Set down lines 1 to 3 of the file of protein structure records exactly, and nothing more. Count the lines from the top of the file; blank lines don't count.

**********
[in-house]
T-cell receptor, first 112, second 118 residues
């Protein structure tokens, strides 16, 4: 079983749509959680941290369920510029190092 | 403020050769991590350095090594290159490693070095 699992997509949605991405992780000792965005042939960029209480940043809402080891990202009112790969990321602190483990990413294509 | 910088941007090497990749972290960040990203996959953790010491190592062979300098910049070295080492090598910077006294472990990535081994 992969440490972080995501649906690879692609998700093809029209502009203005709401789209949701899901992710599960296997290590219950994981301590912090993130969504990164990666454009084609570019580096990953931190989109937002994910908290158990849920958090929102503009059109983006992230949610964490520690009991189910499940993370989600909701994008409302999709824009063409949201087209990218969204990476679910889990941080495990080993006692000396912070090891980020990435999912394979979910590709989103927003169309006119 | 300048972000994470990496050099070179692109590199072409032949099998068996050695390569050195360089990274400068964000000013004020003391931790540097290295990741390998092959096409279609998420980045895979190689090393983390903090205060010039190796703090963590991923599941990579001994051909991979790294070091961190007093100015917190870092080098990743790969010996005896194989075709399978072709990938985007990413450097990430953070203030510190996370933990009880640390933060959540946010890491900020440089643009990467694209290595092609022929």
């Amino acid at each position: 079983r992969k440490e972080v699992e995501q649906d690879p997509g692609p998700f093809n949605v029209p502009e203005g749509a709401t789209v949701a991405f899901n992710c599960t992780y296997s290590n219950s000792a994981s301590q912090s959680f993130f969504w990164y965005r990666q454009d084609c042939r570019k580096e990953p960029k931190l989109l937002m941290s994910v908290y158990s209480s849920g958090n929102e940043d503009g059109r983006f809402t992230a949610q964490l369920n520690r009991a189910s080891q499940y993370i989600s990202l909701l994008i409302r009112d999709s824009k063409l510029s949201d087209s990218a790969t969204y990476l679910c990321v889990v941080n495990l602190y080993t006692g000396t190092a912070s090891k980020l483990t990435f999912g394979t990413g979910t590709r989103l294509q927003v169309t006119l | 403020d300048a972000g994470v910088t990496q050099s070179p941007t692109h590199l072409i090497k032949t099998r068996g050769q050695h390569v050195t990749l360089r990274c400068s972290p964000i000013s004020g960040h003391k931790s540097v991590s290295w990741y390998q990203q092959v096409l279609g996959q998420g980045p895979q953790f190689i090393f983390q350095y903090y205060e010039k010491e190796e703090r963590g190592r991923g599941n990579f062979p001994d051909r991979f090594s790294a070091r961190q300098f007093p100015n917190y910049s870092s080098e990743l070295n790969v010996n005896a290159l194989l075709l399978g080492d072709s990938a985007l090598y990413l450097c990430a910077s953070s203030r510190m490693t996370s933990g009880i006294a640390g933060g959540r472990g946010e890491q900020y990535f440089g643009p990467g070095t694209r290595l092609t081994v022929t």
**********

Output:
[in-house]
T-cell receptor, first 112, second 118 residues
């Protein structure tokens, strides 16, 4: 079983749509959680941290369920510029190092 | 403020050769991590350095090594290159490693070095 699992997509949605991405992780000792965005042939960029209480940043809402080891990202009112790969990321602190483990990413294509 | 910088941007090497990749972290960040990203996959953790010491190592062979300098910049070295080492090598910077006294472990990535081994 992969440490972080995501649906690879692609998700093809029209502009203005709401789209949701899901992710599960296997290590219950994981301590912090993130969504990164990666454009084609570019580096990953931190989109937002994910908290158990849920958090929102503009059109983006992230949610964490520690009991189910499940993370989600909701994008409302999709824009063409949201087209990218969204990476679910889990941080495990080993006692000396912070090891980020990435999912394979979910590709989103927003169309006119 | 300048972000994470990496050099070179692109590199072409032949099998068996050695390569050195360089990274400068964000000013004020003391931790540097290295990741390998092959096409279609998420980045895979190689090393983390903090205060010039190796703090963590991923599941990579001994051909991979790294070091961190007093100015917190870092080098990743790969010996005896194989075709399978072709990938985007990413450097990430953070203030510190996370933990009880640390933060959540946010890491900020440089643009990467694209290595092609022929």